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Researchers Discover How to Preserve The Scream

Some misguided souls like to think of art and science as opposites, but the two impulses are intertwined. Scientists need deep creativity to stand at the frontier of knowledge and pull something solid out of the void. And artists creating things out of the material world are just as subject to the laws of science as anyone else.

Between 1893 and 1917, the Norwegian artist Edvard Munch painted and drew several versions of The Scream, the famous image in which a man puts his hands against the sides of his head and opens his mouth to scream while his whole body seems to waver and melt in horror. Meanwhile, the skies behind him blaze with the colors of a brilliant sunset.

Munch painted two versions of The Scream, one in 1893 and another around 1910. He experimented with different types of paints and pigments to make his colors as bright as he could, including new oil paints that contained the element cadmium. The 1910 version of the painting now shows signs of damage, including paint that is flaking and whitened. The Munch Museum where the painting is kept has not displayed the painting in many years and instead has kept it stored away to try to preserve it better.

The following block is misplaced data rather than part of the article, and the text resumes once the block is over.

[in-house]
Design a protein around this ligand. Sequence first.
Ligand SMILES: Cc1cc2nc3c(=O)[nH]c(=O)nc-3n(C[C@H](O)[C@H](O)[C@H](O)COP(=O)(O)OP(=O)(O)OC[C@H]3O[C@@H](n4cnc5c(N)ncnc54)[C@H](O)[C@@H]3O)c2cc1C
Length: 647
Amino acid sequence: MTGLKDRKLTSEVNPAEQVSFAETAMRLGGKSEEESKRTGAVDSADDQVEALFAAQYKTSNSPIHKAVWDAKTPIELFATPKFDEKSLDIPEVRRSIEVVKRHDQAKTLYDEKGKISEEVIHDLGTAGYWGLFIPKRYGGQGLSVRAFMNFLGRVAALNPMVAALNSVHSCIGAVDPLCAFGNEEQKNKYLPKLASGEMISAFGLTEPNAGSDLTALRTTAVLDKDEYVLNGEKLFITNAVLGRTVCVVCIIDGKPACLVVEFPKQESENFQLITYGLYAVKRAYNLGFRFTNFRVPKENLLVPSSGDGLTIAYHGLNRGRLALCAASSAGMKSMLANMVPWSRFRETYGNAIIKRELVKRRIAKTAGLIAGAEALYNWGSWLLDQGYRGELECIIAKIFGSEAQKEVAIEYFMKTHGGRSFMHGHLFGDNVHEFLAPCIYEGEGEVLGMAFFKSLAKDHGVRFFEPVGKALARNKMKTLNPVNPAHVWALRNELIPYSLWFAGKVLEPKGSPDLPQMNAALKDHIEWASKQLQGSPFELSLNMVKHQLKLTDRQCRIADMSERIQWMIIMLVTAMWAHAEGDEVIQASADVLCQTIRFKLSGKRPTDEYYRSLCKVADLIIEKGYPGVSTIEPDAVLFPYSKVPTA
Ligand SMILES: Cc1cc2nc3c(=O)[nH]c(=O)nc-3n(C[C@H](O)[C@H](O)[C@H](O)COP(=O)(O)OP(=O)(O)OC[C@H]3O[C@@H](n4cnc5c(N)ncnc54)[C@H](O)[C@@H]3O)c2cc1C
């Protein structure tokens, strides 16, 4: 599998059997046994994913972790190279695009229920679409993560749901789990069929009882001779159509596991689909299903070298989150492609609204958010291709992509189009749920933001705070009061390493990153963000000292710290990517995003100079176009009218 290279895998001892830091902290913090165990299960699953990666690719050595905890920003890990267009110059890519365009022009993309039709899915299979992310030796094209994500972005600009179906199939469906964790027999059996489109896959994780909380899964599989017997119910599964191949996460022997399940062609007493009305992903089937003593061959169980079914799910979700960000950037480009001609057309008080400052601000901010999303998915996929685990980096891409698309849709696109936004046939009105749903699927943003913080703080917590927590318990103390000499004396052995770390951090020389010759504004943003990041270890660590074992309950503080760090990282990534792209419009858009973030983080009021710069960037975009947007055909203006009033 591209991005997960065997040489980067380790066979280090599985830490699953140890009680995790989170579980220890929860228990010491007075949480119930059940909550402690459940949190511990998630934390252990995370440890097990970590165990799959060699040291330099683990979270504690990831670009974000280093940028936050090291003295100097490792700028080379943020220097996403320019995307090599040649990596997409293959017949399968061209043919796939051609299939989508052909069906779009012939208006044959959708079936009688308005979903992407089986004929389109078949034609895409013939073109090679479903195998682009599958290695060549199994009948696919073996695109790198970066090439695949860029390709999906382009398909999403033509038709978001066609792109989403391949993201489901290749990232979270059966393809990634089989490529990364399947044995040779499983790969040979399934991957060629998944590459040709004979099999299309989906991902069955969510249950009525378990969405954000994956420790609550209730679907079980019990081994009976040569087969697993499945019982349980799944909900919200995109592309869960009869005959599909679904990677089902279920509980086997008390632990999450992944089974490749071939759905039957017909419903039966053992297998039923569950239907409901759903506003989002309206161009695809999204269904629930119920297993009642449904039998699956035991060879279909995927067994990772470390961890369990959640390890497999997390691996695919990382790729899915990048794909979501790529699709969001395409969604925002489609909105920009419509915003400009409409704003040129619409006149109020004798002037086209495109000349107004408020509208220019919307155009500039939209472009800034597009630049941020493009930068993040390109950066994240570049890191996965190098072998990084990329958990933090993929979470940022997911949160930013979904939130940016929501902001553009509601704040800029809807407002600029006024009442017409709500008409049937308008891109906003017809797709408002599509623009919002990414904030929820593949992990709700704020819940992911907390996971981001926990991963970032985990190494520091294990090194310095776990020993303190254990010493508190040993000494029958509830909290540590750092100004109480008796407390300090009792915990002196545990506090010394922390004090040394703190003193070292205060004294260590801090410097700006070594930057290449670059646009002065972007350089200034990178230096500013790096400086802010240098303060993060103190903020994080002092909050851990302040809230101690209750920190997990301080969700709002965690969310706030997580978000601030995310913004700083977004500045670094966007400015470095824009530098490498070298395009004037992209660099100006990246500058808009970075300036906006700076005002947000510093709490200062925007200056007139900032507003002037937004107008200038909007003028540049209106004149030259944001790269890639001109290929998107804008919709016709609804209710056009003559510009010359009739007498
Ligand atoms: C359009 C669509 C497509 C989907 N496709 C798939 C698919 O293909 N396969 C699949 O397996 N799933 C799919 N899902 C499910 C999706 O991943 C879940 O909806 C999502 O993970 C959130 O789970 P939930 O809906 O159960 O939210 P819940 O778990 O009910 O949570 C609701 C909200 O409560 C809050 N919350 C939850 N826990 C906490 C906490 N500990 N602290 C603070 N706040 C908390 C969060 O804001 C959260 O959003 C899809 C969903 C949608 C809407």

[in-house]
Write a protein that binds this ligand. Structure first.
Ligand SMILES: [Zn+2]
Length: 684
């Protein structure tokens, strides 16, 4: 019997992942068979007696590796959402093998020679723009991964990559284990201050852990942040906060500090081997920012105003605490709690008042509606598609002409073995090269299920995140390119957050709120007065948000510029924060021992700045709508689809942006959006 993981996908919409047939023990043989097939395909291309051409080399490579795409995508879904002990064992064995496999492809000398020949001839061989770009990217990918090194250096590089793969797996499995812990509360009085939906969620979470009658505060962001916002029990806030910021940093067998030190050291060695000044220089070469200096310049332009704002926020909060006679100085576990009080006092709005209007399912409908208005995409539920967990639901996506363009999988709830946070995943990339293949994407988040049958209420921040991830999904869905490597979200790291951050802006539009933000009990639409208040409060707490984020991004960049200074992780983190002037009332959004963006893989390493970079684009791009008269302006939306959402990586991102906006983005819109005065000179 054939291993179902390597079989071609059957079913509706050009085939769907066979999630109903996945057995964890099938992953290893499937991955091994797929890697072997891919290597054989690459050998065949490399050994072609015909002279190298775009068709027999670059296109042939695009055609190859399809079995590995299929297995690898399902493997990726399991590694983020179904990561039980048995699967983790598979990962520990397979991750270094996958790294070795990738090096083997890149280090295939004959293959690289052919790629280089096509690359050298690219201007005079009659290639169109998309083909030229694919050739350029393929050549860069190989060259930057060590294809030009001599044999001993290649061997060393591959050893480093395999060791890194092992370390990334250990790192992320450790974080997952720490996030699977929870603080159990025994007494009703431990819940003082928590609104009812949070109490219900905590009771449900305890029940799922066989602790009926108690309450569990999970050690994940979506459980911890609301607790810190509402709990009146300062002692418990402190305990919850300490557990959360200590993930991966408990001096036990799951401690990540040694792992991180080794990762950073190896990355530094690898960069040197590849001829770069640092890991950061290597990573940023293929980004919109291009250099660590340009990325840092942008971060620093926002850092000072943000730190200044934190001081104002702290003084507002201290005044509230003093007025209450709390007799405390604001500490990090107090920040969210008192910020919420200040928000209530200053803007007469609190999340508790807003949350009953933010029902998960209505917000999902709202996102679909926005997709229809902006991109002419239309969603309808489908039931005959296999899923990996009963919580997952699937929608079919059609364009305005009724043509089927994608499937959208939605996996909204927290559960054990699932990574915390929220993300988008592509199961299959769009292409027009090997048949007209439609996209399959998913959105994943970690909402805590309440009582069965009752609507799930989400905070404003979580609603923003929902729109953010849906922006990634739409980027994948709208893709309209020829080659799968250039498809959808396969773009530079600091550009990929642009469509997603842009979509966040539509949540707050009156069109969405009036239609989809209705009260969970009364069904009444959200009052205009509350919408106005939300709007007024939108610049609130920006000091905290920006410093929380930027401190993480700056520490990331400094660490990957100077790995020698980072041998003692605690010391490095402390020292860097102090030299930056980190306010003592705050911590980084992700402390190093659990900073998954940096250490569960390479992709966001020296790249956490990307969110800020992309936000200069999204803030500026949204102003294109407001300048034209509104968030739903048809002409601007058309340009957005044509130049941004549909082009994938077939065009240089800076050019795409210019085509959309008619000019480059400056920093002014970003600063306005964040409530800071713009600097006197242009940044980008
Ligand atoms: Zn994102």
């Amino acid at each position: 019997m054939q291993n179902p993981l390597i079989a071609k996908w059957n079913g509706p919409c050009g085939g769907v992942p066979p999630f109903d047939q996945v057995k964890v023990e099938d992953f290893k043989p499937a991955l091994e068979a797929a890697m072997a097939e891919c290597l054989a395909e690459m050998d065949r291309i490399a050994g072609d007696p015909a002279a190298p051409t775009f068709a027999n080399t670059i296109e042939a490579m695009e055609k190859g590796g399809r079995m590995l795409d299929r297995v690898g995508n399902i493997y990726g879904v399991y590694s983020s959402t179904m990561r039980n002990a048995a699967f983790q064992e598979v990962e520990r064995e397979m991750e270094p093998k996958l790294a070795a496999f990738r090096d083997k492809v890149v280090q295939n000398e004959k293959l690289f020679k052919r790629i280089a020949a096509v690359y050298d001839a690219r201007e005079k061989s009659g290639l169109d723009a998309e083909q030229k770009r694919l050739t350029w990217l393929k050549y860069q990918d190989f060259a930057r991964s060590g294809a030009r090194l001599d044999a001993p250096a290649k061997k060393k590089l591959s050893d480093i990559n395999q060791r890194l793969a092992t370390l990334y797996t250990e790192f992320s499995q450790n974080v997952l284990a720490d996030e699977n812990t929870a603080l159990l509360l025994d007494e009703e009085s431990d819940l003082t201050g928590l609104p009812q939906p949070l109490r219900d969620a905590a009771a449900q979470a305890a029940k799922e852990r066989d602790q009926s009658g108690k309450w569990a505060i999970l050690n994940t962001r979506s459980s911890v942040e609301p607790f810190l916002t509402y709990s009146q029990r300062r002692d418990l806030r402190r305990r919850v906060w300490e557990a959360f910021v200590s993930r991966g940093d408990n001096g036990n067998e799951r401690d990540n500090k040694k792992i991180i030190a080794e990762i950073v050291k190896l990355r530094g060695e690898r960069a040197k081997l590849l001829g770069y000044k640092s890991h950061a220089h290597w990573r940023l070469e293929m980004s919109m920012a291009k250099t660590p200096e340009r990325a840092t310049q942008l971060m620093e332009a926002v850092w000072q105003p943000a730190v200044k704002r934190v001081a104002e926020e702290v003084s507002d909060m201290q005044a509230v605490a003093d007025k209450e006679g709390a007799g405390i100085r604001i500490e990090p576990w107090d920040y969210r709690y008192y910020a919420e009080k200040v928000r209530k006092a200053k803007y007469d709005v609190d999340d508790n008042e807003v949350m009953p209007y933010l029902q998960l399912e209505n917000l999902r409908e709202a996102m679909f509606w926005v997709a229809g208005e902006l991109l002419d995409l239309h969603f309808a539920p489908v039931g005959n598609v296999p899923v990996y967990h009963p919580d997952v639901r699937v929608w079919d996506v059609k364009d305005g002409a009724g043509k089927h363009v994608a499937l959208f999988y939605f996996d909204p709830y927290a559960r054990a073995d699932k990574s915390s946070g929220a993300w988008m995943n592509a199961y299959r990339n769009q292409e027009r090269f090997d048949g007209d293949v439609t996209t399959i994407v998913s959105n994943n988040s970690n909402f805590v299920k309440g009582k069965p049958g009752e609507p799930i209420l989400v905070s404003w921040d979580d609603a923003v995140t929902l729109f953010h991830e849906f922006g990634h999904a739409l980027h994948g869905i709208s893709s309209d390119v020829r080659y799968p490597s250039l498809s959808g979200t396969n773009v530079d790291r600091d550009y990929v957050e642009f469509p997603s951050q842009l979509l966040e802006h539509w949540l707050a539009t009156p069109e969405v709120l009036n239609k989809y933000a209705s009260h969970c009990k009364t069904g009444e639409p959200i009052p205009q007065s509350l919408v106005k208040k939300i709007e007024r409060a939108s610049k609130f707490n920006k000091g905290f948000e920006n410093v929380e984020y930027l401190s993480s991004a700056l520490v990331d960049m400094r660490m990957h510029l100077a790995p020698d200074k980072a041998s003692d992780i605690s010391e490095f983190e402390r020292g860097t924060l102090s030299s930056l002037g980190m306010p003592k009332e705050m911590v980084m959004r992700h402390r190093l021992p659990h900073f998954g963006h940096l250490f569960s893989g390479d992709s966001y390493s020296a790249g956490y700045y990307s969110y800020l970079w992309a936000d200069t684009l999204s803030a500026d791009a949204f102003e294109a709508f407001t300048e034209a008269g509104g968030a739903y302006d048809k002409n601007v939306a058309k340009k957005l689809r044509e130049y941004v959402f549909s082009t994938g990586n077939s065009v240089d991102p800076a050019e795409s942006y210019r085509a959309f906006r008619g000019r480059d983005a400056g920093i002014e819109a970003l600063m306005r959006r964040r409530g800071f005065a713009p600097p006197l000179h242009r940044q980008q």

Last Friday, researchers published a study that concludes that moisture in the environment is the main cause of damage to the painting. Exposure to light is not what caused the damage seen in the painting.

The researchers knew that paints made from the chemical cadmium-sulfide, as found in the 1910 painting, have whitened, flaked, and shown other signs of damage in other works of art from the same period of time. The researchers used high-tech methods to analyze the molecules of the painting without damaging the painting. The researchers used beams of x-rays and other forms of light generated in a giant donut-shaped particle accelerator in France to study how the chemicals in the paint had changed over time. The researchers were able to find out that exposure to water in the air was the main reason the paint had degraded.

Studying the details of the painting’s chemistry provides practical knowledge that will now help guide how the museum stores the artwork. The museum can reduce humidity around the painting and since light does not seem to damage the painting, perhaps return it to public display after many years of hiding it away from view.



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